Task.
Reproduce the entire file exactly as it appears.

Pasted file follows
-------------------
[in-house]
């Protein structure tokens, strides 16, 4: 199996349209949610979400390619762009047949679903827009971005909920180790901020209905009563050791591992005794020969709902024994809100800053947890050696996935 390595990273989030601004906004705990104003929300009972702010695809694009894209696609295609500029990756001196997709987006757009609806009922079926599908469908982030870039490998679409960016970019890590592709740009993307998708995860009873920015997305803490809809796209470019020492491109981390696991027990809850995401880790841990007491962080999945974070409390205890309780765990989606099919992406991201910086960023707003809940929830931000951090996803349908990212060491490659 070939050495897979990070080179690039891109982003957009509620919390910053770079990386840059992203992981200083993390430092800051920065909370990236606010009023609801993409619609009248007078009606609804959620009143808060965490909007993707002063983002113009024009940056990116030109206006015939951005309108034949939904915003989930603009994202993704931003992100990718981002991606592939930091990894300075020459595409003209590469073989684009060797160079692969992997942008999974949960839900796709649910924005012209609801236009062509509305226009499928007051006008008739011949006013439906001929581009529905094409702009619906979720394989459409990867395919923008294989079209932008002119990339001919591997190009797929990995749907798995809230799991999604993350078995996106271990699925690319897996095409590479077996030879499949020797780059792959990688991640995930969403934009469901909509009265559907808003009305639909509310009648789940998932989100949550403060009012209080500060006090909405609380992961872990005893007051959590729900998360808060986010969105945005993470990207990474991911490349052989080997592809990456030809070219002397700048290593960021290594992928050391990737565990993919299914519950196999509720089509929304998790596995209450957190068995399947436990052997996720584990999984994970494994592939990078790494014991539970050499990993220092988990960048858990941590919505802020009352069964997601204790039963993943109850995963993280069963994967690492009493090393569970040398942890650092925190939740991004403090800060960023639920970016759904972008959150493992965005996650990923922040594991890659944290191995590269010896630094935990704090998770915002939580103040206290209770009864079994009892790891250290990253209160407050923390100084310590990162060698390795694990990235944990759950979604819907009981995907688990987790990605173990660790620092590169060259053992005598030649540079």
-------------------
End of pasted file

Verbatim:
[in-house]
């Protein structure tokens, strides 16, 4: 199996349209949610979400390619762009047949679903827009971005909920180790901020209905009563050791591992005794020969709902024994809100800053947890050696996935 390595990273989030601004906004705990104003929300009972702010695809694009894209696609295609500029990756001196997709987006757009609806009922079926599908469908982030870039490998679409960016970019890590592709740009993307998708995860009873920015997305803490809809796209470019020492491109981390696991027990809850995401880790841990007491962080999945974070409390205890309780765990989606099919992406991201910086960023707003809940929830931000951090996803349908990212060491490659 070939050495897979990070080179690039891109982003957009509620919390910053770079990386840059992203992981200083993390430092800051920065909370990236606010009023609801993409619609009248007078009606609804959620009143808060965490909007993707002063983002113009024009940056990116030109206006015939951005309108034949939904915003989930603009994202993704931003992100990718981002991606592939930091990894300075020459595409003209590469073989684009060797160079692969992997942008999974949960839900796709649910924005012209609801236009062509509305226009499928007051006008008739011949006013439906001929581009529905094409702009619906979720394989459409990867395919923008294989079209932008002119990339001919591997190009797929990995749907798995809230799991999604993350078995996106271990699925690319897996095409590479077996030879499949020797780059792959990688991640995930969403934009469901909509009265559907808003009305639909509310009648789940998932989100949550403060009012209080500060006090909405609380992961872990005893007051959590729900998360808060986010969105945005993470990207990474991911490349052989080997592809990456030809070219002397700048290593960021290594992928050391990737565990993919299914519950196999509720089509929304998790596995209450957190068995399947436990052997996720584990999984994970494994592939990078790494014991539970050499990993220092988990960048858990941590919505802020009352069964997601204790039963993943109850995963993280069963994967690492009493090393569970040398942890650092925190939740991004403090800060960023639920970016759904972008959150493992965005996650990923922040594991890659944290191995590269010896630094935990704090998770915002939580103040206290209770009864079994009892790891250290990253209160407050923390100084310590990162060698390795694990990235944990759950979604819907009981995907688990987790990605173990660790620092590169060259053992005598030649540079």